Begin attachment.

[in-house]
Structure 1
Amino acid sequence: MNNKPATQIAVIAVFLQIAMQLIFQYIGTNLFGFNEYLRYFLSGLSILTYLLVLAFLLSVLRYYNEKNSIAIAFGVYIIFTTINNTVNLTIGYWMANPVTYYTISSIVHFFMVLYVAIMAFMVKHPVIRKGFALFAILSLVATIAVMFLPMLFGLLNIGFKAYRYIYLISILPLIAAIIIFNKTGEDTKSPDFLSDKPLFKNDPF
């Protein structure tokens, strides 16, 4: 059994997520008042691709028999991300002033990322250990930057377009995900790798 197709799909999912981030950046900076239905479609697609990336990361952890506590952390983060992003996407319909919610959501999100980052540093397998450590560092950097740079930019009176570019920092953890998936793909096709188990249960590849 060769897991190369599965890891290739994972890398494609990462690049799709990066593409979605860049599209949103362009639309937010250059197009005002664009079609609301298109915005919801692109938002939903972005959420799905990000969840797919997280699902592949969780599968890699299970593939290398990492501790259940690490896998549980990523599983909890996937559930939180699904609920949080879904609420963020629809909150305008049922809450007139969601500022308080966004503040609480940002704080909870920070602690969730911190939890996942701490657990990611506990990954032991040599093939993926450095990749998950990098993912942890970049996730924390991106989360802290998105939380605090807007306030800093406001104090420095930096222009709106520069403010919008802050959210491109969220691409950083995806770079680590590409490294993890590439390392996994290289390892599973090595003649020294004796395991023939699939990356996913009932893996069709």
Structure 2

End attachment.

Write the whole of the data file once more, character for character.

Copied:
[in-house]
Structure 1
Amino acid sequence: MNNKPATQIAVIAVFLQIAMQLIFQYIGTNLFGFNEYLRYFLSGLSILTYLLVLAFLLSVLRYYNEKNSIAIAFGVYIIFTTINNTVNLTIGYWMANPVTYYTISSIVHFFMVLYVAIMAFMVKHPVIRKGFALFAILSLVATIAVMFLPMLFGLLNIGFKAYRYIYLISILPLIAAIIIFNKTGEDTKSPDFLSDKPLFKNDPF
């Protein structure tokens, strides 16, 4: 059994997520008042691709028999991300002033990322250990930057377009995900790798 197709799909999912981030950046900076239905479609697609990336990361952890506590952390983060992003996407319909919610959501999100980052540093397998450590560092950097740079930019009176570019920092953890998936793909096709188990249960590849 060769897991190369599965890891290739994972890398494609990462690049799709990066593409979605860049599209949103362009639309937010250059197009005002664009079609609301298109915005919801692109938002939903972005959420799905990000969840797919997280699902592949969780599968890699299970593939290398990492501790259940690490896998549980990523599983909890996937559930939180699904609920949080879904609420963020629809909150305008049922809450007139969601500022308080966004503040609480940002704080909870920070602690969730911190939890996942701490657990990611506990990954032991040599093939993926450095990749998950990098993912942890970049996730924390991106989360802290998105939380605090807007306030800093406001104090420095930096222009709106520069403010919008802050959210491109969220691409950083995806770079680590590409490294993890590439390392996994290289390892599973090595003649020294004796395991023939699939990356996913009932893996069709």
Structure 2